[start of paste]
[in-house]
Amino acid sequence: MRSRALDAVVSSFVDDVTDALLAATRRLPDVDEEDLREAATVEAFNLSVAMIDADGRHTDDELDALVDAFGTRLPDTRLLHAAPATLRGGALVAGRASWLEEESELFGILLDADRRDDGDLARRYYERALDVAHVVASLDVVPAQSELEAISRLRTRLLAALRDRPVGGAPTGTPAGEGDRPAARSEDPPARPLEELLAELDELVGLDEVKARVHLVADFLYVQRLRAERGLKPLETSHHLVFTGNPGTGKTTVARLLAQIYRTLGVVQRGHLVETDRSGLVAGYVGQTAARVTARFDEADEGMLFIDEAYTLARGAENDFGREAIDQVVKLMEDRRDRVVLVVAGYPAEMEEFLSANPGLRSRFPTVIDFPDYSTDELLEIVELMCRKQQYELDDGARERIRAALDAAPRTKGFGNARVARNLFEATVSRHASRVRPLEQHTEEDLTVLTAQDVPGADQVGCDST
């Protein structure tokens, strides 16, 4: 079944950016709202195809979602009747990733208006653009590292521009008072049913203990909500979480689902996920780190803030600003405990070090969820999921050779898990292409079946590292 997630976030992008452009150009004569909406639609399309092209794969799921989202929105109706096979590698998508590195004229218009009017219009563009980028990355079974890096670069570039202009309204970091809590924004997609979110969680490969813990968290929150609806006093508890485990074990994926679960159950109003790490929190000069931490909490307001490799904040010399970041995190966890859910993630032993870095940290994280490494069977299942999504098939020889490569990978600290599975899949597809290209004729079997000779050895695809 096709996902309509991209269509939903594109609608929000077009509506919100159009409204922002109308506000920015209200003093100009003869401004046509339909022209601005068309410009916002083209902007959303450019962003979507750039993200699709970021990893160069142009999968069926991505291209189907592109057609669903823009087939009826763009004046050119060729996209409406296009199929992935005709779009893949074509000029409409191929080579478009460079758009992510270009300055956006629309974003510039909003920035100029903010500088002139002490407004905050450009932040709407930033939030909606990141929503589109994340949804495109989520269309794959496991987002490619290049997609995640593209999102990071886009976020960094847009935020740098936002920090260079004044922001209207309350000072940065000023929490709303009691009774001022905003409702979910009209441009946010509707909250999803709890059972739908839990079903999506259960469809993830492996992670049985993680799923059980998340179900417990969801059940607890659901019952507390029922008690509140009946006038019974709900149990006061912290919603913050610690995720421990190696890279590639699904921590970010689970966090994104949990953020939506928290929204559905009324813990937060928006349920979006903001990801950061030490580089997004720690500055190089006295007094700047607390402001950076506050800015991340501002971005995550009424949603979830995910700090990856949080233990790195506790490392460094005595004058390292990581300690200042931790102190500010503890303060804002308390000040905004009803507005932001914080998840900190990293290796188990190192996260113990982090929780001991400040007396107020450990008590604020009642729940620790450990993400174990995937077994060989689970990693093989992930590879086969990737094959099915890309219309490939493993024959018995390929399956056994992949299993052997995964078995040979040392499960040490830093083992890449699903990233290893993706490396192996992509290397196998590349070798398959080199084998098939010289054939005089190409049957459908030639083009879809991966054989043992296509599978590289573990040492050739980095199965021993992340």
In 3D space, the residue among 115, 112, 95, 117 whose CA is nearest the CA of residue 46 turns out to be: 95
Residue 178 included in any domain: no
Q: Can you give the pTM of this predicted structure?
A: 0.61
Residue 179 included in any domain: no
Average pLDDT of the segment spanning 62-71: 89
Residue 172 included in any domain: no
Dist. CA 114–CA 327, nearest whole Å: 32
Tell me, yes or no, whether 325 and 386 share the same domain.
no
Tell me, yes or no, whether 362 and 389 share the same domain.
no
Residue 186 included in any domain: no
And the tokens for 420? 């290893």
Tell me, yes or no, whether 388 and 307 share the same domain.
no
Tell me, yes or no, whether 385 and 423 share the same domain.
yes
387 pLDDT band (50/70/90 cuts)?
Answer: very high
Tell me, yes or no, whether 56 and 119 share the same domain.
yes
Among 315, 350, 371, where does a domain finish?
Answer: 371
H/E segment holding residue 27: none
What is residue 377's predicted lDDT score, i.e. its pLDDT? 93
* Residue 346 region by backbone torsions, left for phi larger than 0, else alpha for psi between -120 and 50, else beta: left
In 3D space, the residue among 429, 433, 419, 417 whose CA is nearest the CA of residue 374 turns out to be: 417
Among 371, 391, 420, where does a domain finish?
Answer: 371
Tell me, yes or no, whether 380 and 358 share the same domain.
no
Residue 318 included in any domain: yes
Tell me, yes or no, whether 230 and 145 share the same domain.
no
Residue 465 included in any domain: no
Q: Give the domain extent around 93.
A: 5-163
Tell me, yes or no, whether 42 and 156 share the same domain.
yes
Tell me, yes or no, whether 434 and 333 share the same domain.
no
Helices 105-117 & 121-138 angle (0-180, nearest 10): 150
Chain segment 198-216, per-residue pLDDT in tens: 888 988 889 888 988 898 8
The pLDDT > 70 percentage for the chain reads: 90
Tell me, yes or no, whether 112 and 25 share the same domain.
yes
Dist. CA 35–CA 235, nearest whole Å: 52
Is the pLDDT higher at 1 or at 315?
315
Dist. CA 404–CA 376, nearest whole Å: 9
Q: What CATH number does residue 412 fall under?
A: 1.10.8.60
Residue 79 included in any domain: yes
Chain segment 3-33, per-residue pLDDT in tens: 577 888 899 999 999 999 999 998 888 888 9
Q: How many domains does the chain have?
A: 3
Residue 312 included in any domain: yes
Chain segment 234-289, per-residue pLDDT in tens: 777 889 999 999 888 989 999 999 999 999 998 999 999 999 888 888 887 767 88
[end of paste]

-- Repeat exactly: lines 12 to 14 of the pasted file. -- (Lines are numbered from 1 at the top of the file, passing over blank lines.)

Tell me, yes or no, whether 325 and 386 share the same domain.
no
Tell me, yes or no, whether 362 and 389 share the same domain.